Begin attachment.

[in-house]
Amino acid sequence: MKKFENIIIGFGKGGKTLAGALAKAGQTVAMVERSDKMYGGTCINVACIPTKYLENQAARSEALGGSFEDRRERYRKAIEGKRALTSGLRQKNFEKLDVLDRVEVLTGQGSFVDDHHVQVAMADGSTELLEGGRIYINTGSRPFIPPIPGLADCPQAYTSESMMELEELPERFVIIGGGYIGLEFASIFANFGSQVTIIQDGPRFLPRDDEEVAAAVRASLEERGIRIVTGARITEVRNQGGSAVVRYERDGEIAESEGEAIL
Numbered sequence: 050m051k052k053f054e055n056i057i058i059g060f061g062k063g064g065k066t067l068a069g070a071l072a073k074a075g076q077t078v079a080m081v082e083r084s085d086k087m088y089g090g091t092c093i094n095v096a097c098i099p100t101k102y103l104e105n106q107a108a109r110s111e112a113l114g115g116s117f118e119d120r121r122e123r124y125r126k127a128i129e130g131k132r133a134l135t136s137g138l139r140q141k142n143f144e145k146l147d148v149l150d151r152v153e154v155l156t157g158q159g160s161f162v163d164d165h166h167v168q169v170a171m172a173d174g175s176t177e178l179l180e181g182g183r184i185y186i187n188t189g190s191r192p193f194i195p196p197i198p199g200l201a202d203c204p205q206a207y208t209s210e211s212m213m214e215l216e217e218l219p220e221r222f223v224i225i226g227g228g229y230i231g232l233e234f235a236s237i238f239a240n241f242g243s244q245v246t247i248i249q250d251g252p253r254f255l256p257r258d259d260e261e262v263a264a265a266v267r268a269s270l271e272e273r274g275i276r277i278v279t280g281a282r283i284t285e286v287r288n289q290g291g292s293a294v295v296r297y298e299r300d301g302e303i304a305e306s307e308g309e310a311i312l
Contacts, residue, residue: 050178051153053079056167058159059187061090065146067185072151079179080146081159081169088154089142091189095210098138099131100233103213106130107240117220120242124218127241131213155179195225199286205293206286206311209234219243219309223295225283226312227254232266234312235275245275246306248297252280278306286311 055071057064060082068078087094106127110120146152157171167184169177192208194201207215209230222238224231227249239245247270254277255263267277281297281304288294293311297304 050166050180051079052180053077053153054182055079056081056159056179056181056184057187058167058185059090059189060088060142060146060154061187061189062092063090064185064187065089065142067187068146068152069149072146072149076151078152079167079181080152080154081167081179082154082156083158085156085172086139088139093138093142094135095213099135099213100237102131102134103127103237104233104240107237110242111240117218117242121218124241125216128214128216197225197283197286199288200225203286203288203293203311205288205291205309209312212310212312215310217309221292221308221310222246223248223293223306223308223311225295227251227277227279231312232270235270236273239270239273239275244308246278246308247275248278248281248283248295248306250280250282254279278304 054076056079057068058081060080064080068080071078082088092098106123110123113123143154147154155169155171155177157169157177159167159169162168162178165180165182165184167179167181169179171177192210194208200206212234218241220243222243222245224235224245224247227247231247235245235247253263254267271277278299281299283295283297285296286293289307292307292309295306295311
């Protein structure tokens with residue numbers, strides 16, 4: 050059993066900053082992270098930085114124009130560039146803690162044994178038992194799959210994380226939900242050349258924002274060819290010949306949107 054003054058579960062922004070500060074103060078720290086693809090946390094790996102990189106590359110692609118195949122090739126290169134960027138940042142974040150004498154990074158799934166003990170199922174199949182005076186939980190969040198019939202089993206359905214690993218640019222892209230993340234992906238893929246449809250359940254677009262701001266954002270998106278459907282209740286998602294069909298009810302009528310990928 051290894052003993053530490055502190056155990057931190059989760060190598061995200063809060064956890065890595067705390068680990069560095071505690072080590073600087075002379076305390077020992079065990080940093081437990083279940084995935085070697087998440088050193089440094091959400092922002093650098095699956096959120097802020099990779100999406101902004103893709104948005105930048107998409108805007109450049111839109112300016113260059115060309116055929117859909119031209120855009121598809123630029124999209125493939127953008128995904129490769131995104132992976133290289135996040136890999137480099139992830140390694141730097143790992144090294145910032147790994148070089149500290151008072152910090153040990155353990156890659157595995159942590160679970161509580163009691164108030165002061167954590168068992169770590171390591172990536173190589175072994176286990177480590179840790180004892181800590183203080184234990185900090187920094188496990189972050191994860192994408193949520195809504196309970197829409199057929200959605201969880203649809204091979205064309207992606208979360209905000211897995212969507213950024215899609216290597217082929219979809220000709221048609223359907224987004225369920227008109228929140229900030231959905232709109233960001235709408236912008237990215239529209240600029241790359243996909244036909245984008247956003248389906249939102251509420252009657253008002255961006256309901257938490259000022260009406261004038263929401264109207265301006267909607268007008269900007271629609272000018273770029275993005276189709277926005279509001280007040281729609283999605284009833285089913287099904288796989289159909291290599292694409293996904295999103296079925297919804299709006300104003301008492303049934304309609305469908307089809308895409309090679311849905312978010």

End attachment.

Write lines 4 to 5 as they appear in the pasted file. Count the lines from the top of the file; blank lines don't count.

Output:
Contacts, residue, residue: 050178051153053079056167058159059187061090065146067185072151079179080146081159081169088154089142091189095210098138099131100233103213106130107240117220120242124218127241131213155179195225199286205293206286206311209234219243219309223295225283226312227254232266234312235275245275246306248297252280278306286311 055071057064060082068078087094106127110120146152157171167184169177192208194201207215209230222238224231227249239245247270254277255263267277281297281304288294293311297304 050166050180051079052180053077053153054182055079056081056159056179056181056184057187058167058185059090059189060088060142060146060154061187061189062092063090064185064187065089065142067187068146068152069149072146072149076151078152079167079181080152080154081167081179082154082156083158085156085172086139088139093138093142094135095213099135099213100237102131102134103127103237104233104240107237110242111240117218117242121218124241125216128214128216197225197283197286199288200225203286203288203293203311205288205291205309209312212310212312215310217309221292221308221310222246223248223293223306223308223311225295227251227277227279231312232270235270236273239270239273239275244308246278246308247275248278248281248283248295248306250280250282254279278304 054076056079057068058081060080064080068080071078082088092098106123110123113123143154147154155169155171155177157169157177159167159169162168162178165180165182165184167179167181169179171177192210194208200206212234218241220243222243222245224235224245224247227247231247235245235247253263254267271277278299281299283295283297285296286293289307292307292309295306295311
């Protein structure tokens with residue numbers, strides 16, 4: 050059993066900053082992270098930085114124009130560039146803690162044994178038992194799959210994380226939900242050349258924002274060819290010949306949107 054003054058579960062922004070500060074103060078720290086693809090946390094790996102990189106590359110692609118195949122090739126290169134960027138940042142974040150004498154990074158799934166003990170199922174199949182005076186939980190969040198019939202089993206359905214690993218640019222892209230993340234992906238893929246449809250359940254677009262701001266954002270998106278459907282209740286998602294069909298009810302009528310990928 051290894052003993053530490055502190056155990057931190059989760060190598061995200063809060064956890065890595067705390068680990069560095071505690072080590073600087075002379076305390077020992079065990080940093081437990083279940084995935085070697087998440088050193089440094091959400092922002093650098095699956096959120097802020099990779100999406101902004103893709104948005105930048107998409108805007109450049111839109112300016113260059115060309116055929117859909119031209120855009121598809123630029124999209125493939127953008128995904129490769131995104132992976133290289135996040136890999137480099139992830140390694141730097143790992144090294145910032147790994148070089149500290151008072152910090153040990155353990156890659157595995159942590160679970161509580163009691164108030165002061167954590168068992169770590171390591172990536173190589175072994176286990177480590179840790180004892181800590183203080184234990185900090187920094188496990189972050191994860192994408193949520195809504196309970197829409199057929200959605201969880203649809204091979205064309207992606208979360209905000211897995212969507213950024215899609216290597217082929219979809220000709221048609223359907224987004225369920227008109228929140229900030231959905232709109233960001235709408236912008237990215239529209240600029241790359243996909244036909245984008247956003248389906249939102251509420252009657253008002255961006256309901257938490259000022260009406261004038263929401264109207265301006267909607268007008269900007271629609272000018273770029275993005276189709277926005279509001280007040281729609283999605284009833285089913287099904288796989289159909291290599292694409293996904295999103296079925297919804299709006300104003301008492303049934304309609305469908307089809308895409309090679311849905312978010």